P.F. Strawson produced a purported solution to the liar paradox through his usage of the performative view of truth. Since saying that a sentence is true is the performative act of agreeing with the sentence, it is like saying "ditto." But if there is no original sentence to say "ditto" to, the paradox, Strawson claimed, disappears (Reese, p. 550).

Common themes

Common themes in paradoxes include direct and indirect self-reference, infinity, circular definitions, and confusion of levels of reasoning. Paradoxes which are not based on a hidden error generally happen at the fringes of context or language, and require extending the context or language to lose their paradox quality.

In moral philosophy, paradox plays a central role in ethics debates. For instance, it may be considered that an ethical admonition to "love thy neighbor" is not just in contrast with, but in contradiction to an armed neighbor actively trying to kill him: If he or she succeeds, he will not be able to love him or her. But to preemptively attack them or restrain them is not usually understood as loving. This might be termed an ethical dilemma. Another example is the conflict between an injunction not to steal and one to care for a family that the subject cannot afford to feed without stolen money.

Types of paradoxes

W. V. Quine (1962) distinguished between three classes of paradoxes.

  • A veridical paradox produces a result that appears absurd but is demonstrated to be true nevertheless. Thus, the paradox of Frederic's birthday in The Pirates of Penzance establishes the surprising fact that a person may be more than nine years old on his ninth birthday. Likewise, Arrow's impossibility theorem involves behavior of voting systems that is surprising but all too true.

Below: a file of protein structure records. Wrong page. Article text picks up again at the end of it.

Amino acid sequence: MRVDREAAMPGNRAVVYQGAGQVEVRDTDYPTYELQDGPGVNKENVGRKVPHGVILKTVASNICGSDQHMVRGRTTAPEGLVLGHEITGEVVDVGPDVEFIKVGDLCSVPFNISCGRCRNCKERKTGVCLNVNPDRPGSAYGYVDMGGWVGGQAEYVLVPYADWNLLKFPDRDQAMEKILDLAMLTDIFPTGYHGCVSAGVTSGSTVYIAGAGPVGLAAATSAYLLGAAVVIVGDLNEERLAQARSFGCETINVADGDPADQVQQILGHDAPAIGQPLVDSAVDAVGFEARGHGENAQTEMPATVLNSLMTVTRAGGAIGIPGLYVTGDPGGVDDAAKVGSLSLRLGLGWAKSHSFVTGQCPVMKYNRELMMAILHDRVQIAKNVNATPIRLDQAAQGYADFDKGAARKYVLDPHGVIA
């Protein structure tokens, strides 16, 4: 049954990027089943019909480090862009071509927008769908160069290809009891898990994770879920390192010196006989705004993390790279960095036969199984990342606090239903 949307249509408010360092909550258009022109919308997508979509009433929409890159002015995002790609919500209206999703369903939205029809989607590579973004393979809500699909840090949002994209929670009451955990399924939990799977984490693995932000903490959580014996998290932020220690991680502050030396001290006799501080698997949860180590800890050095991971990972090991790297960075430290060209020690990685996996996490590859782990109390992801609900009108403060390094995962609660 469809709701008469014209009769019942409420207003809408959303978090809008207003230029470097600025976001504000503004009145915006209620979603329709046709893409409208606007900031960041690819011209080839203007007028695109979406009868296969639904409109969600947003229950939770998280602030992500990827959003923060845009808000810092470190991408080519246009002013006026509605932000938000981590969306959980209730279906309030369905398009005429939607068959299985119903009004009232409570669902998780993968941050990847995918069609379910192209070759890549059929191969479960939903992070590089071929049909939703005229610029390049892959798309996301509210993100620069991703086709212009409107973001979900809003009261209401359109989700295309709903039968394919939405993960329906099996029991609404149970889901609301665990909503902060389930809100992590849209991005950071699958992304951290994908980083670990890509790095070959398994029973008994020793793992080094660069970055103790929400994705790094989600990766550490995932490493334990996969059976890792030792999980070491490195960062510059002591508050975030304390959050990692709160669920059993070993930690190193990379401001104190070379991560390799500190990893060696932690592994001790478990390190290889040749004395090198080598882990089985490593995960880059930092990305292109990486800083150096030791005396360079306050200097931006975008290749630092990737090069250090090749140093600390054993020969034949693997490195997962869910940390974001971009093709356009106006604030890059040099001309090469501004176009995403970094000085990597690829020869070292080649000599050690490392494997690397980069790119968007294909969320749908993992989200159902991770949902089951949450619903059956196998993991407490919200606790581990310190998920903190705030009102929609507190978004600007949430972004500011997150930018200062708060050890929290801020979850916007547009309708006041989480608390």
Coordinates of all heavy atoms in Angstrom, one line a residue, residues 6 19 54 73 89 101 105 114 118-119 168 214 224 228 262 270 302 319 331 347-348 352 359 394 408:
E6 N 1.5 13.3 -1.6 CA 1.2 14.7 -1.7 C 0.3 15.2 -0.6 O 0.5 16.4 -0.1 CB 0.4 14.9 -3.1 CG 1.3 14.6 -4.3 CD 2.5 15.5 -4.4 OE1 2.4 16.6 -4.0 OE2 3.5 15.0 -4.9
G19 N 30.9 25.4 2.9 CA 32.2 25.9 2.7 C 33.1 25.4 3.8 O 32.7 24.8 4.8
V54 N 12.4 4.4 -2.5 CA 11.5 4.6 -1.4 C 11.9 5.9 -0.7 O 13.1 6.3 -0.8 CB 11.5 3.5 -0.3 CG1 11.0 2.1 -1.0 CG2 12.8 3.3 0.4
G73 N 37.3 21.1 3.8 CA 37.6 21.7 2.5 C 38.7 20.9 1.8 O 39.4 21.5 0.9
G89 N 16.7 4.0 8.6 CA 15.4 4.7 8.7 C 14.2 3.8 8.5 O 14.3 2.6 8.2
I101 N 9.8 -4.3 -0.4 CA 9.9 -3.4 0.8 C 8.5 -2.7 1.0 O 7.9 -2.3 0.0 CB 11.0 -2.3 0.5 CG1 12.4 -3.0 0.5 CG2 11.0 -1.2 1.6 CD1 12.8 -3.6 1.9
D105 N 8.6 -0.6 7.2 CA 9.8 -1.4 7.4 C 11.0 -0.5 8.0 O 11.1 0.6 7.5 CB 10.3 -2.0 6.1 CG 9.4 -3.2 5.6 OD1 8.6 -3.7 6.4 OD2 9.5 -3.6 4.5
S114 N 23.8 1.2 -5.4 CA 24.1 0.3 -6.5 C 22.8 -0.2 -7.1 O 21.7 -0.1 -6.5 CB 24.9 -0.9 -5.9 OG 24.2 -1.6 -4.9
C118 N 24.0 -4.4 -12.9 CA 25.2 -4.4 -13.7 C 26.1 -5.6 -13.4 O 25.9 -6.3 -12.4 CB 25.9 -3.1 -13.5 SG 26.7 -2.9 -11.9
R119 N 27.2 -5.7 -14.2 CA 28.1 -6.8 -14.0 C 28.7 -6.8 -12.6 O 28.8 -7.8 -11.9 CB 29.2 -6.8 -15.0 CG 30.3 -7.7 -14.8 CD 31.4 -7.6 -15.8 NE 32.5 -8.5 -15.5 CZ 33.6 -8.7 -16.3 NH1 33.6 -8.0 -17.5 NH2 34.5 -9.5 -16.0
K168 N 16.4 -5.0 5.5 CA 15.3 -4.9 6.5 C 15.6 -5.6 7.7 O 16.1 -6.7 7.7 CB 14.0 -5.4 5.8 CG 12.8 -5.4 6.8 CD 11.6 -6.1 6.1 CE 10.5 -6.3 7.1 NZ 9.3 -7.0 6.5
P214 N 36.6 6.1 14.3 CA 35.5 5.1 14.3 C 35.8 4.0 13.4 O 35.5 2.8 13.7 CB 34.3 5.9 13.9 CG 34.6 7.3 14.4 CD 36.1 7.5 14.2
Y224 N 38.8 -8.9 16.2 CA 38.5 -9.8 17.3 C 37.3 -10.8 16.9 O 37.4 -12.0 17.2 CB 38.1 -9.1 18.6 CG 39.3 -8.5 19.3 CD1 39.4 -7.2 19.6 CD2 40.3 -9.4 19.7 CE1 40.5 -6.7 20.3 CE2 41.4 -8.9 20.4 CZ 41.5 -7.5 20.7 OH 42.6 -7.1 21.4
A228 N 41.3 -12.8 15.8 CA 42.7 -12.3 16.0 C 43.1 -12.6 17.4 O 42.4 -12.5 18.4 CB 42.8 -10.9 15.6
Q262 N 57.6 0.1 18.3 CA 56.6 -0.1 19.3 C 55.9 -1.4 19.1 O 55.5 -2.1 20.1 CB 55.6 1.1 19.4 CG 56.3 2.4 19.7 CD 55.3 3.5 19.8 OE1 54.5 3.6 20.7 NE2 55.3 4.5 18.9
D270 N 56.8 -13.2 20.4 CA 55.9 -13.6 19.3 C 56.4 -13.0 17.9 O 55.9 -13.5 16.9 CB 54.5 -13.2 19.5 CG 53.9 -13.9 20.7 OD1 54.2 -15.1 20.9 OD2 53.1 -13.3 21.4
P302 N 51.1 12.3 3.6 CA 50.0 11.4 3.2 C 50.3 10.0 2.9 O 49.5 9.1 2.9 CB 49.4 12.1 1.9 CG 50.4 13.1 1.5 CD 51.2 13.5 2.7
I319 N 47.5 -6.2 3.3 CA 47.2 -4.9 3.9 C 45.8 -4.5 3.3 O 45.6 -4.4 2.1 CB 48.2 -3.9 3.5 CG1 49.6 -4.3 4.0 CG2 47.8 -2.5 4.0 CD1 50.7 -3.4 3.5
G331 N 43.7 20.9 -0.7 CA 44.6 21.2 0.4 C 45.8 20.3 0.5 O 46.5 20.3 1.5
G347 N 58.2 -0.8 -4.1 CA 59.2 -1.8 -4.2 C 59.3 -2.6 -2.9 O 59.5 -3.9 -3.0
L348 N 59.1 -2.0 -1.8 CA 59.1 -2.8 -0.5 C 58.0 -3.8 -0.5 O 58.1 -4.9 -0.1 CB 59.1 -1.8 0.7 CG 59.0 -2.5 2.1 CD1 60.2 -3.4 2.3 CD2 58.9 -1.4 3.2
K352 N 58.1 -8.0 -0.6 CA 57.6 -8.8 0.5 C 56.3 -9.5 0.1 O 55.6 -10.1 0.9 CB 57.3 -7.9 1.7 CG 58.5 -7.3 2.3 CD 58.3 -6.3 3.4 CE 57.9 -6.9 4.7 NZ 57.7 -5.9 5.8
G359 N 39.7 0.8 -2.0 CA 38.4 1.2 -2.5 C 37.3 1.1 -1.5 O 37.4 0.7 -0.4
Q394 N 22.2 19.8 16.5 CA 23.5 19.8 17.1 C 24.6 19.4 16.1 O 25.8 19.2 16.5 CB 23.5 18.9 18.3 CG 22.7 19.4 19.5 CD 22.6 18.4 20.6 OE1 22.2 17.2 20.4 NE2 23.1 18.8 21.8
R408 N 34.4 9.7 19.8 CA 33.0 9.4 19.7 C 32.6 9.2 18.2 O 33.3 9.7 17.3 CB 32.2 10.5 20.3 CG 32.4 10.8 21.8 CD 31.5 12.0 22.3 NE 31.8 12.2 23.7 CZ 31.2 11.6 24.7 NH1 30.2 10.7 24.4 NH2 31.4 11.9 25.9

• A falsidical paradox establishes a result that not only appears false but actually is false; there is a fallacy in the supposed demonstration. The various invalid proofs (e.g. that 1 = 2) are classic examples, generally relying on a hidden division by zero. Another example would be the Horse paradox.
  • A paradox which is in neither class may be an antinomy, which reaches a self-contradictory result by properly applying accepted ways of reasoning. For example, the Grelling-Nelson paradox points out genuine problems in the understanding of the ideas of truth and description.


References

  • Clarke, Michael. Paradoxes from A to Z. London: Routledge, 2002. ISBN 0415228085
  • Goodman, Nelson. Fact, Fiction, and Forecast, 3rd ed. Indianapolis: Bobbs-Merrill, 1973. ISBN 0672518899
  • Honderich, Ted, ed. The Oxford Companion to Philosophy. Oxford: Oxford University Press, 1995. ISBN 0198661320
  • Quine, W.V. "Paradox," Scientific American, April 1962, pp. 84–96.
  • Quine, W.V. The Ways of Paradox: And Other Essays. Cambridge: Harvard University Press, 1976. ISBN 0674948351
  • Reese, William L. Dictionary of Philosophy and Religion, New and Enlarged Edition. Atlantic Highlands, New Jersey: Humanities Press, 1996. ISBN 0391038648
  • Sainsbury, R. M., Paradoxes. Cambridge: Cambridge University Press, 1988. ISBN 052133165X

External links

All links retrieved March 23, 2015.

General Philosophy Sources